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Hotels across the globe are facing the highest levels of uncertainty seen since WW2. As markets reopen, there are no clear paths or timelines to when business travel or vacation travel will return to 2019 levels, with many saying it could be 2023 or after. In some cases, whole segments of the travel industry seem less and less likely to ever revert to where they were, with huge knock-on repercussions for hotels.

Against such a stark backdrop, hoteliers the world over are having to step back and reassess every element of their offering. Such dramatic shifts in operational systems and processes are not common or easy in any industry, but are especially challenging in an industry which has consistently ranked as one of the least innovative.

Some other industries have to embrace innovation and change management as part of daily life. Startup culture in particular is rooted in the need to be lean and agile, pivoting and evolving constantly until traction is achieved. As the tech industry has matured over the last few decades, change management processes have become more refined and integrated into companies of all sizes. With hospitality facing an existential crisis due to such an industry-changing external shock, hoteliers could do worse than look to startups for lessons in adaptation.

Let’s assess a number of the most relevant strategies here.

Build towards a specific individual

Many hotels focus on a broad target market segment, so their brand has been built to cover the basics yet it doesn’t resonate strongly with any particular group. That worked fine when business was good and you could rely on your location or your pricing to win market share, but in today’s world your hotel needs to stand out.

Startups know that it’s critical to build your brand and products to resonate strongly with specific individuals. In short, bland is bad. Trying to please multiple groups or market segments will result in diluted messaging that won’t ultimately satisfy anyone.

Build your product for someone you know and with their exact needs in mind. Choose your target customer – perhaps a combination of a few of your more loyal existing customers? Give them a name, job, family, hobbies. Bring them to life. These personalities can then inform your decision-making process, from pricing and promotion through to route-to-market. Ask yourself, what strategy would really work with them?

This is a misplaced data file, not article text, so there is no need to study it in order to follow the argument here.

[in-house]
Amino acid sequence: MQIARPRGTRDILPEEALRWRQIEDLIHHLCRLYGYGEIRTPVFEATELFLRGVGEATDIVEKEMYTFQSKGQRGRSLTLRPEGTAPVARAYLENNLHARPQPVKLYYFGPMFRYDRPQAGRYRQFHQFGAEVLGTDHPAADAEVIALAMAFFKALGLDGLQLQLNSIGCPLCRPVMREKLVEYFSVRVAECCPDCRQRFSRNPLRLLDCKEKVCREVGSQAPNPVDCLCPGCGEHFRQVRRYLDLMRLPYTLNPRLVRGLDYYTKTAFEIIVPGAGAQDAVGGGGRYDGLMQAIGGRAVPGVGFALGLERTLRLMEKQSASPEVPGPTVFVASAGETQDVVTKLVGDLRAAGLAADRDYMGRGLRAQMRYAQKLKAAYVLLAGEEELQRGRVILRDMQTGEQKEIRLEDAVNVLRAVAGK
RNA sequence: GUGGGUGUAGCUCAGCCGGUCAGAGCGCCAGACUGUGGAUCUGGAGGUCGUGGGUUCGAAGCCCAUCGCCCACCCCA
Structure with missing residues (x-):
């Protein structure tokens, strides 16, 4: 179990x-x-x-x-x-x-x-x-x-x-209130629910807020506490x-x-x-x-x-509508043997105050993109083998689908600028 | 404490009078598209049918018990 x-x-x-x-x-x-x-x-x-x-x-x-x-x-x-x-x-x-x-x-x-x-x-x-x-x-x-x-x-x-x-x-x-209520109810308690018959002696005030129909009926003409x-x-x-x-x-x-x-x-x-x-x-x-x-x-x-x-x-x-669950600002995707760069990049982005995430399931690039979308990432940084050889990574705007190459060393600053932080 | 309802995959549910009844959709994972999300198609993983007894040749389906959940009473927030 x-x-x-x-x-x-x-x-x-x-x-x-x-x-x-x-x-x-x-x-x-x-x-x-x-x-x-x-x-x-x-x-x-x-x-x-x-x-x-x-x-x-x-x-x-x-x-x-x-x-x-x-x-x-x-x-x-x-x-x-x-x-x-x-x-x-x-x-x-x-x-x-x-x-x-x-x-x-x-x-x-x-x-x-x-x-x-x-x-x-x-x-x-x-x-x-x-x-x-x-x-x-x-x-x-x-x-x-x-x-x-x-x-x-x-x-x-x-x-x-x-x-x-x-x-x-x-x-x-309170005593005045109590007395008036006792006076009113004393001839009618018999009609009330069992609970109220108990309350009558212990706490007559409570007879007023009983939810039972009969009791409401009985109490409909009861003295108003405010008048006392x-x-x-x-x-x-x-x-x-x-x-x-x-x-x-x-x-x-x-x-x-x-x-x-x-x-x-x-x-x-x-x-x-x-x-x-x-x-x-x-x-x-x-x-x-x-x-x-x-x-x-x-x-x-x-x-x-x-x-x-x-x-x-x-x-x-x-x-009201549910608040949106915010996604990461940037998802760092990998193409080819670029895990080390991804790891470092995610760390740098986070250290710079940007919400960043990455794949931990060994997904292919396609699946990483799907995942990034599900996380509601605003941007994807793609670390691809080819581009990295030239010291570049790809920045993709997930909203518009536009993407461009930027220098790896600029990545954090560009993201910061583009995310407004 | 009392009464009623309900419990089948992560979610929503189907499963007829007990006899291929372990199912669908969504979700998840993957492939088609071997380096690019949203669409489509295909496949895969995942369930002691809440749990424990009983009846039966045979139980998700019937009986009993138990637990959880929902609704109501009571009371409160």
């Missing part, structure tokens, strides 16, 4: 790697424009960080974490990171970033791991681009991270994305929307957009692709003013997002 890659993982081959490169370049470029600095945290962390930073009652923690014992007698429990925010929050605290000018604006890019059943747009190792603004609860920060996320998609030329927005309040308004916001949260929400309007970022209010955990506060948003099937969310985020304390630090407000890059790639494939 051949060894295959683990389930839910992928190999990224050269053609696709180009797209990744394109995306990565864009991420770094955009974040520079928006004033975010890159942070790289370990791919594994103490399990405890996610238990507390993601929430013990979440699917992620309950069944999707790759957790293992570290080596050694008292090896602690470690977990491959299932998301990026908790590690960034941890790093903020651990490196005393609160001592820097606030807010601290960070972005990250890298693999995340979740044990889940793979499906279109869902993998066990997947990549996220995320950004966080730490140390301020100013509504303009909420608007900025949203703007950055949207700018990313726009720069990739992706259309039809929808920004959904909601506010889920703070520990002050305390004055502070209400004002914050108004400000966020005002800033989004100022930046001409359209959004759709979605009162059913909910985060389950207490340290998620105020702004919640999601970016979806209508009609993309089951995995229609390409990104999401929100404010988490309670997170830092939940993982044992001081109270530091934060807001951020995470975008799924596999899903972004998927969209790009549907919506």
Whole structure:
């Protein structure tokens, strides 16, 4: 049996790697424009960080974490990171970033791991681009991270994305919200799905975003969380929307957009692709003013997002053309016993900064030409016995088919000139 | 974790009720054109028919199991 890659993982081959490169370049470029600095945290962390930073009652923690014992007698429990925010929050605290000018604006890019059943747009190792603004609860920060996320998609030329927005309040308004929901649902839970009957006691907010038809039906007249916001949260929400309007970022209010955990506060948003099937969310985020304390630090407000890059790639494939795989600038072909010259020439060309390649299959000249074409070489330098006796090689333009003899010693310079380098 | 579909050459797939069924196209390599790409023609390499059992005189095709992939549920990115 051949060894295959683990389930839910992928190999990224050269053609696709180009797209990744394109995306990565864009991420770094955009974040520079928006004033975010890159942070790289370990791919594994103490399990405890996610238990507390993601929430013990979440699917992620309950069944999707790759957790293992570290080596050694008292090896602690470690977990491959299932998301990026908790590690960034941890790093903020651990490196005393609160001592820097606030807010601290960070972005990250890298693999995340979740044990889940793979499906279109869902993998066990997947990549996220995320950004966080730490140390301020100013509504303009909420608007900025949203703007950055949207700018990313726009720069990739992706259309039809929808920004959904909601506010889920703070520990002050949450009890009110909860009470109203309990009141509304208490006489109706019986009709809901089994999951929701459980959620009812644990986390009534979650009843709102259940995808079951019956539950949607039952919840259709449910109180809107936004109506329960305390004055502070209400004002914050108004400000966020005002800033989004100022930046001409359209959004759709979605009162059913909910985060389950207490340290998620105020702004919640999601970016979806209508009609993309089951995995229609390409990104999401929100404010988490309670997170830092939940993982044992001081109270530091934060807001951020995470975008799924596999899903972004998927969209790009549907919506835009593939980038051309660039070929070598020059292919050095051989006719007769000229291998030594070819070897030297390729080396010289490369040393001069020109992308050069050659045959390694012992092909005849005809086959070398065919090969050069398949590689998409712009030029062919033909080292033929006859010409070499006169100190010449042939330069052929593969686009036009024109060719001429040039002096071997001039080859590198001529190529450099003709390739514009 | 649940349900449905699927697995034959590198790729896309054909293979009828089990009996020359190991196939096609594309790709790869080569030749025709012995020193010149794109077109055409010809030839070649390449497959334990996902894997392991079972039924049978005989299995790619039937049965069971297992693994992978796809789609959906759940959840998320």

Understand your customer’s issues

It’s often said that finding the solution is the easy part, finding the problem is the hardest. Take the time to really understand what problem you’re solving for your customer. In today’s world, the problem your target market is struggling with could be:

The above solutions may be helpful in the short term, but remember that your customers’ needs will continue to change and evolve over the medium to long term. If you want sustainable success, your offering will need to continue to adapt alongside these changes. Accept that and prepare for it, giving your team the support they need to create new initiatives and keep you on the front foot.

Embrace the latest technology

Tech is built on other tech. As technology has advanced, it’s become cheaper and easier for startups to build their own products and bring them to market, something that in many cases would have been much more expensive 20 years ago. This same embrace of technology hasn’t happened yet in hospitality, with Harvard Business Review ranking hospitality in 20th position out of only 22 industries in terms of digital advancement. This encapsulates the opportunities that are yet to be embraced by your competitors. If you’re open to digitalizing elements of your operation, there’s never been a better time to start.